A Wisconsin advocacy organization is hoping if the physical and emotional tolls of excessive drinking don't get your attention, maybe the price tag will.
Health First Wisconsin released new data Tuesday that sheds some light on the cost of excessive drinking.
According to the report, when you add up alcohol-related lost productivity, premature death, health care, criminal justice and car crashes, excessive alcohol use costs the state $6.8 billion a year. In La Crosse County, it’s $105 million. That's about $1,200 a person.
Wisconsin's alcohol tax pays for just 1 percent of it. The rest is shouldered by taxpayers, excessive drinkers and their families, and others, including health insurers and employers.
"We have this huge cost, and we're not getting this through collecting alcohol taxes," said Jeremy Arney, political science and public administration assistant professor at University of Wisconsin-La Crosse.
Arney is sick of seeing the impact of binge drinking on UW-L students -- most recently, Neala Frye, who was found dead in Onalaska last month from intoxication and hypothermia.
"When you have local stories, unfortunately way too often here in La Crosse, yeah, it does weigh on you, because here we are once again. Here we are talking about a student that died," said Arney.
One of the subjects Arney focuses on at UW-L is anti-drinking legislation.
He said the No. 1 strategy across the country to address heavy drinking issues is to raise the alcohol tax.
Bruce Simones, owner of the Recovery Room Bar & Grille, said that's not the solution.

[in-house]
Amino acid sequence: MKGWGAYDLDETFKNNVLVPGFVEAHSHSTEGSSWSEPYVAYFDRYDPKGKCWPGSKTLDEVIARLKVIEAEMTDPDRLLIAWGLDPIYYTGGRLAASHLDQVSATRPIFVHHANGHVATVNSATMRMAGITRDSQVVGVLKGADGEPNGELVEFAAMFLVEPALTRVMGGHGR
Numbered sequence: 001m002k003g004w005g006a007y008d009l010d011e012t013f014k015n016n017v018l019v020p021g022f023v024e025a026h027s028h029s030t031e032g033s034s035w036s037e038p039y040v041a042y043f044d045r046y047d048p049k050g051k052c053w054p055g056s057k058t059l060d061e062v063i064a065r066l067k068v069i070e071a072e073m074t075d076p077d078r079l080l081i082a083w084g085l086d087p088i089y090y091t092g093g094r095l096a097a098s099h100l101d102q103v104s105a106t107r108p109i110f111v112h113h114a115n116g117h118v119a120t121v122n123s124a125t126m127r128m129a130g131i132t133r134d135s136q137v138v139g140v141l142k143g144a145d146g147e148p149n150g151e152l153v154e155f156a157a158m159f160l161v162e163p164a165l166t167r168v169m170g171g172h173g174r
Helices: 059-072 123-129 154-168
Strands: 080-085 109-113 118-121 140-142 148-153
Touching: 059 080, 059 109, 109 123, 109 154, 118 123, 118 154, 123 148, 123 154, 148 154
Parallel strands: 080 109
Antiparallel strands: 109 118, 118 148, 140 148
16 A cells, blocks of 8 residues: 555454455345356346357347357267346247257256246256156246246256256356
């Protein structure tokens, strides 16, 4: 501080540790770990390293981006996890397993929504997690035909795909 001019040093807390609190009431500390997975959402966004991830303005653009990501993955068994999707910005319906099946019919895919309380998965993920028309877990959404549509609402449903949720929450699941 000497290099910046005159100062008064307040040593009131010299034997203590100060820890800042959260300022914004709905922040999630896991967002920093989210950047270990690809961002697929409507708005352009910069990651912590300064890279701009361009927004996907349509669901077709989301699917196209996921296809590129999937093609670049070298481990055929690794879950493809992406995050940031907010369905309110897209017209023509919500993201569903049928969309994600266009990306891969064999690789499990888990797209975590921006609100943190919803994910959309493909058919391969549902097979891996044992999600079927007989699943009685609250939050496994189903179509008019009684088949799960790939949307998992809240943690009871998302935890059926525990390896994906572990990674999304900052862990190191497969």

"I think that's always the way we always try to do things. 'Raising taxes is going to fix everything.' And I don't think it does,” said Simones. “It's going to hurt the business owner and he's going to pass it on to people and I really don't think it's going to stop anybody."
Arney said it's worth looking into, and the most important thing is to just start talking.
"We can't just stick our heads in the sand and say, 'That's part of the culture and that's cool,' and then not do anything about it. And so that's what these attempts here at the local and state level are, is an attempt to at least get people aware that it is a problem and maybe think about it a little bit more," said Arney.
Another strategy Arney brought up is to increase the age requirement for someone who can serve drinks in a bar or restaurant from 18 to 21.
Simone agreed the change would give those bartenders some more time to mature before they're in charge of serving alcohol.
State Sen. Tim Carpenter recently announced he would like to see Wisconsin start conducting sobriety checkpoints, where police would randomly stop cars to see if drivers are intoxicated. Sobriety checkpoints are already in place in 38 other states, including neighboring Minnesota.